What Singer started for the classic Porsche 911 a British company is taking to the next level with a “remastered” version of the Mini, the original 10-foot-long city car.
To be launched in April at a supercar show in Monaco, the Mini Remastered is the brainchild of British car company David Brown Automotive, better known for a DB5 look-alike called the Speedback GT, a rebodied and exquisitely retrimmed Jaguar XKR.
The starting point for the Mini Remastered is a donor car, preferably from the end of the original Mini production run in the 1990s, when it was powered by a fuel-injected 1,275 cc engine and rolled on 12-inch wheels.
Its centerpiece is a new body shell from British Motor Heritage, who maintains production for restorations. DBA refines the body even though it’s new, adjusting panels and gaps and de-seaming the shell — a technique to smooth out the body, favored by tuners in the 1960s.
With the body perfect, DBA gives it the full custom paint treatment, which consists of 400 hours of body prep and building multiple layers to a glossy finish.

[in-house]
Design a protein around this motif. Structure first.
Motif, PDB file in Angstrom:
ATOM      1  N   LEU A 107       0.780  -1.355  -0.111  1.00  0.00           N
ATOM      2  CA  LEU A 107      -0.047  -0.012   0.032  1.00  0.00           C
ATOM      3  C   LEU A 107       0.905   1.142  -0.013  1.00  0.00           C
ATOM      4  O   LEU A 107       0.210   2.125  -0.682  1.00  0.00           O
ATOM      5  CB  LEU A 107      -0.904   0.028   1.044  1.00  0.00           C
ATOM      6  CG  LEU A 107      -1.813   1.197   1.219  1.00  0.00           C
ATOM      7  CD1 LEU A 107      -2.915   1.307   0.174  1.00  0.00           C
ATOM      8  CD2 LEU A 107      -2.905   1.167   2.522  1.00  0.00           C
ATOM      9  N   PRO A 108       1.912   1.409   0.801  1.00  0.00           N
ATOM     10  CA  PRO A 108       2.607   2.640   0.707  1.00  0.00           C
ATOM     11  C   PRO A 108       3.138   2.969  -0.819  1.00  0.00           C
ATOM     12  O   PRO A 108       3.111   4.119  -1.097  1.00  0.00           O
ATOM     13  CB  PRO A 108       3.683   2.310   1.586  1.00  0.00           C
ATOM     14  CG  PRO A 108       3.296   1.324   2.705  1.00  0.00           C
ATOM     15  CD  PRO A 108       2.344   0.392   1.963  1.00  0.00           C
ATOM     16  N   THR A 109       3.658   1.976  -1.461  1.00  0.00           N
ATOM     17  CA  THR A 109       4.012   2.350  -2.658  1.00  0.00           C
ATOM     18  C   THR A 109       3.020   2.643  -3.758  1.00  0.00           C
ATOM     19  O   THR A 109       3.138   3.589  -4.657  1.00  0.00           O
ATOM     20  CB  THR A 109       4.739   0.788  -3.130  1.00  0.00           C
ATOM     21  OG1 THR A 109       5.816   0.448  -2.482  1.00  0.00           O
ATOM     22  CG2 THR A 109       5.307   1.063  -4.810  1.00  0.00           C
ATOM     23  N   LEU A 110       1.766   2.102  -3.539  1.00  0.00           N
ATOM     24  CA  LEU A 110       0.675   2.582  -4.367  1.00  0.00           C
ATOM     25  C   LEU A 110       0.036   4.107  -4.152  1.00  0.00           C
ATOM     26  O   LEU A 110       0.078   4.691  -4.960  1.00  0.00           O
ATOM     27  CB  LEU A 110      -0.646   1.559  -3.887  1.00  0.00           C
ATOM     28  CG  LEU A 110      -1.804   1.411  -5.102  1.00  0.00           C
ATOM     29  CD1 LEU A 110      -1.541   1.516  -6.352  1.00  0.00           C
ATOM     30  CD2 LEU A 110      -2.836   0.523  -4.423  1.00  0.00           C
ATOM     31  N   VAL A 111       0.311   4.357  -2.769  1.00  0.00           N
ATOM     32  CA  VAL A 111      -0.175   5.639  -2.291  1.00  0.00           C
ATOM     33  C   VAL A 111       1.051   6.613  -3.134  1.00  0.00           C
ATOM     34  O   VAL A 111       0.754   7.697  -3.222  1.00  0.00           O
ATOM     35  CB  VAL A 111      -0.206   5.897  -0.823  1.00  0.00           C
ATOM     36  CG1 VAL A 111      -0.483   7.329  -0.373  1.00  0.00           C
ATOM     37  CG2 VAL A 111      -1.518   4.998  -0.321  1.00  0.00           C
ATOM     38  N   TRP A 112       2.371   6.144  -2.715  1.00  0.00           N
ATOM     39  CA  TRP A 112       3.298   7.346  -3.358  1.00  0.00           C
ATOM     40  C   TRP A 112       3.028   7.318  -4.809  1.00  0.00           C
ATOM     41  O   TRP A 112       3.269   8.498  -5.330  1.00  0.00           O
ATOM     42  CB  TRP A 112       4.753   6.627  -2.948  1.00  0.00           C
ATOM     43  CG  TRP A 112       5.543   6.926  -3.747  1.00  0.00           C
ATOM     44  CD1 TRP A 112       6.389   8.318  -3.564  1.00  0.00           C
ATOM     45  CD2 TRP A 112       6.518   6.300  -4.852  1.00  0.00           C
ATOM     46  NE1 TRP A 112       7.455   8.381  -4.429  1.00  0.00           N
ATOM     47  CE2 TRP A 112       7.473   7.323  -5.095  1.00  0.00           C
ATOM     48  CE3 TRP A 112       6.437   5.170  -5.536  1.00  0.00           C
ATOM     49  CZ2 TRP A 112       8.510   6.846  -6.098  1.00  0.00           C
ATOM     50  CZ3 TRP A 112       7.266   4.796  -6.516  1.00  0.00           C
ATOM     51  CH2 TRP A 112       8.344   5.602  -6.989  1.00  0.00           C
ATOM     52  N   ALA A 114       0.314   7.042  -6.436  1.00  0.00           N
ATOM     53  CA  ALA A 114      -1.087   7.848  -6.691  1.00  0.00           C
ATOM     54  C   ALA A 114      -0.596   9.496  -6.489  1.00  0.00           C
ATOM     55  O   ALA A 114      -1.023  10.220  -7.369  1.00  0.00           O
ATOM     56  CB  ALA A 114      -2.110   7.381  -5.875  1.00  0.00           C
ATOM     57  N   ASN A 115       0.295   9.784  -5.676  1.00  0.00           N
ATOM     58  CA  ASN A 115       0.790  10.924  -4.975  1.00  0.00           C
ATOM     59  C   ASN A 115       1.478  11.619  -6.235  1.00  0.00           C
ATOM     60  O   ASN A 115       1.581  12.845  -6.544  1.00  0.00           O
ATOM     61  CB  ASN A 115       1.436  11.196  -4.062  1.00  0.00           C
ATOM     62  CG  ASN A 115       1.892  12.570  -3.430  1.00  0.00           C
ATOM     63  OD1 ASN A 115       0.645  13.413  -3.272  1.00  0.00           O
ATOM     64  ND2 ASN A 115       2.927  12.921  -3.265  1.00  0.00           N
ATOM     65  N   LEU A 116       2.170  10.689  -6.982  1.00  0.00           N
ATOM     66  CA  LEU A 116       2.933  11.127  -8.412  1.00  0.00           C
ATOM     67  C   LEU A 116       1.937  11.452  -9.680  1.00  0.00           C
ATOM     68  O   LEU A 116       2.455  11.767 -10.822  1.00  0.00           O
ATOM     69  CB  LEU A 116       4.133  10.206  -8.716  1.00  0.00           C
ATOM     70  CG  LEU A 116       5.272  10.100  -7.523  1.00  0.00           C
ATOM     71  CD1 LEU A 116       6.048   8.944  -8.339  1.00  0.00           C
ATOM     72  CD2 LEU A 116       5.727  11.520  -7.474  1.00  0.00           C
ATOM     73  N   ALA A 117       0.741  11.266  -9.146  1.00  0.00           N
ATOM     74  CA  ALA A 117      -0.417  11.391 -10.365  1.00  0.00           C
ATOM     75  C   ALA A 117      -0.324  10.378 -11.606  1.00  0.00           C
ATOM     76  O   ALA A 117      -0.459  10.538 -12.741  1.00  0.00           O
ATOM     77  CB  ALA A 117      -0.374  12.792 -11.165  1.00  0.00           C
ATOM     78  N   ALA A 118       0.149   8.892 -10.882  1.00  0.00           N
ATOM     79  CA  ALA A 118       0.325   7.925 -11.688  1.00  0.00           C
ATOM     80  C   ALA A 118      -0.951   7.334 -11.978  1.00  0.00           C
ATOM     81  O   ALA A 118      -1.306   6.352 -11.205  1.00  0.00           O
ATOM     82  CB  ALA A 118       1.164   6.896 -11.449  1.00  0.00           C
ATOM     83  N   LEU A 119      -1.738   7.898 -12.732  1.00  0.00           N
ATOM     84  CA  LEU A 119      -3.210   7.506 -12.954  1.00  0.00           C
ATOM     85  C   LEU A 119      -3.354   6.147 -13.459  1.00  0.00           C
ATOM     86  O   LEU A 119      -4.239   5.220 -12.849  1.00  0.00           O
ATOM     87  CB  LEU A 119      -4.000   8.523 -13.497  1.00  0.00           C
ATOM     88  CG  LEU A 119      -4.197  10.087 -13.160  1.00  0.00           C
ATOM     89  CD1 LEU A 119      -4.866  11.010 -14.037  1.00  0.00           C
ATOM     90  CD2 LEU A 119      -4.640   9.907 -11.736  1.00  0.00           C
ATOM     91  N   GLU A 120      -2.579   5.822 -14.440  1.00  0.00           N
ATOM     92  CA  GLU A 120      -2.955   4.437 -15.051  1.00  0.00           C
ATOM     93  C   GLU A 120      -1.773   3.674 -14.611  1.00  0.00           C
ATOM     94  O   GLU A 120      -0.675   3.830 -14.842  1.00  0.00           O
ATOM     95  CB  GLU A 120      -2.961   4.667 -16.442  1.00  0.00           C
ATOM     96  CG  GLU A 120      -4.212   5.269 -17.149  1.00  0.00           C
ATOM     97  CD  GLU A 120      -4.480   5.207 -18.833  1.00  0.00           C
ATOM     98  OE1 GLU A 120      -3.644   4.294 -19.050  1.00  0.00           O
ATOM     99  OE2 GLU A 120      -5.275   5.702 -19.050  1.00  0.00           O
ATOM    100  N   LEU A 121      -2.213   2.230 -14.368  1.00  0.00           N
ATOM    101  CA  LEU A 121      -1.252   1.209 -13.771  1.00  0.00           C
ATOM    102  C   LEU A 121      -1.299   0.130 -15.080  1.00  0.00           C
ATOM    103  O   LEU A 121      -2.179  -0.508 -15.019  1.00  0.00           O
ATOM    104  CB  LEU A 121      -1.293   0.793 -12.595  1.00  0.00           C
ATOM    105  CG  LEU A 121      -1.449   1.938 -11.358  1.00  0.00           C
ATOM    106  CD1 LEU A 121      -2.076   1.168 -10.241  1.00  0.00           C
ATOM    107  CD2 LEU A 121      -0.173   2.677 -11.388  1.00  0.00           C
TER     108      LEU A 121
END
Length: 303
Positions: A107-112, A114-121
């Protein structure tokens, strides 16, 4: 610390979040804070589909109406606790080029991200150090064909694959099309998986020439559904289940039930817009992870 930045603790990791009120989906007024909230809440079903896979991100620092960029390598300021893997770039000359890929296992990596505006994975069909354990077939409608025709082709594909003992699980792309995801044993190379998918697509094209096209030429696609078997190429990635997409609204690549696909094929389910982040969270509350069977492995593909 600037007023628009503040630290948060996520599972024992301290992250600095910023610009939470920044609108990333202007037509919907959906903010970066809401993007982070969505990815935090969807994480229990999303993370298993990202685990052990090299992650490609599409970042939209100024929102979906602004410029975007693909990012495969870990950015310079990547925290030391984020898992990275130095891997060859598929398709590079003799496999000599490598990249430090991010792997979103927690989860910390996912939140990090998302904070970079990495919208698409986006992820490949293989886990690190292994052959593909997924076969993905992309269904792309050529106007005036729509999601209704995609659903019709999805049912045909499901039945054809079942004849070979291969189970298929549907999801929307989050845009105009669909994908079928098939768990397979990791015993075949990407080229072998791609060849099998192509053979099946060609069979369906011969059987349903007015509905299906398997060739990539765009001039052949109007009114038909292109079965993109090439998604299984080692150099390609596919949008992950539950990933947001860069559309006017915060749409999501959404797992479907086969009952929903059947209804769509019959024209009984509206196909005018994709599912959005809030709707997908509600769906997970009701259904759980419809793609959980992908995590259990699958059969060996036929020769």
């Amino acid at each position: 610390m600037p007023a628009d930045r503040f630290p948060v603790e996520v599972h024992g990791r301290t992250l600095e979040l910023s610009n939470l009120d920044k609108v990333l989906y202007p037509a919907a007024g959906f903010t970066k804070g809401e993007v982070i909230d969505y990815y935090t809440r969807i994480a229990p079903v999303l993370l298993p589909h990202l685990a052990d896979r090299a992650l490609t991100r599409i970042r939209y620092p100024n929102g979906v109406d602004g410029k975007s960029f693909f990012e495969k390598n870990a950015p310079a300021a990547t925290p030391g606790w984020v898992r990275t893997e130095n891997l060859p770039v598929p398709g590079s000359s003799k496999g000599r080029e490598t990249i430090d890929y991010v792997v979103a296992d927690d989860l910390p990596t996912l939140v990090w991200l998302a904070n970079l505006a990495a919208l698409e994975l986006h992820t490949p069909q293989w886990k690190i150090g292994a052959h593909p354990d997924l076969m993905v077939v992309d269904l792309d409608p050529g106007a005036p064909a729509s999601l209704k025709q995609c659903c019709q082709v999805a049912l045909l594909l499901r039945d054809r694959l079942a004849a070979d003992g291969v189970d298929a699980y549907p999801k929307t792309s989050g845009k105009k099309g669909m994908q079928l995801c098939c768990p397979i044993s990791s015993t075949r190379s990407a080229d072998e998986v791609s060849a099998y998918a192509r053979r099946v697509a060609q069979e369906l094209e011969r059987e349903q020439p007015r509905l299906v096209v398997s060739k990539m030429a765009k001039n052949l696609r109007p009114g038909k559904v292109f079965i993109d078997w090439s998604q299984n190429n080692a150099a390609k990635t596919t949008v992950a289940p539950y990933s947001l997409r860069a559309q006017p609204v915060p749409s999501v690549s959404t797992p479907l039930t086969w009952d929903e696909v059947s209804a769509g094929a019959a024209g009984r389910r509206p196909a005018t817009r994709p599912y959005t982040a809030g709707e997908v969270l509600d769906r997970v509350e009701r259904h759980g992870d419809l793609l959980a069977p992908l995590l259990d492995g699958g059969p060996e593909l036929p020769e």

Tuned and tweaked running gear for the Mini continues to be available, so the Remastered includes a reconditioned engine and four-speed manual transmission with a choice of two levels of tune: 75 bhp and 90 bhp, with the latter from a 1380 cc overbore.
Where DBA really goes the extra mile is in the interior trim, which adds a level of luxury rarely seen in a modified Mini. A new carbon-fiber dash features a touchscreen with Apple CarPlay, while DBA’s trimmers install custom seats, sound-deadening, perforated suede headlining and beautifully crafted door cards. Total labor clocks in at 1,400 hours.
Of course, none of this obsessive attention to detail and lavish hand-finishing comes cheap. A price hasn’t been set, but “from £70k” is the guide — a startling $87,000. At that price, the Remastered clearly is not for everyone, and production is limited to “50 to 100” per year.
So far, U.S. sales haven’t been considered, but DBA says it will consult with authorities on the legality of the package if customers show interest. (For what it’s worth, recent legislation governing replica cars seems tailor-made for this sort of vehicle.)
But for the collector whose garage is already chock full of exotica, the cost might not be relevant — it’s just the driving and ownership smiles that count.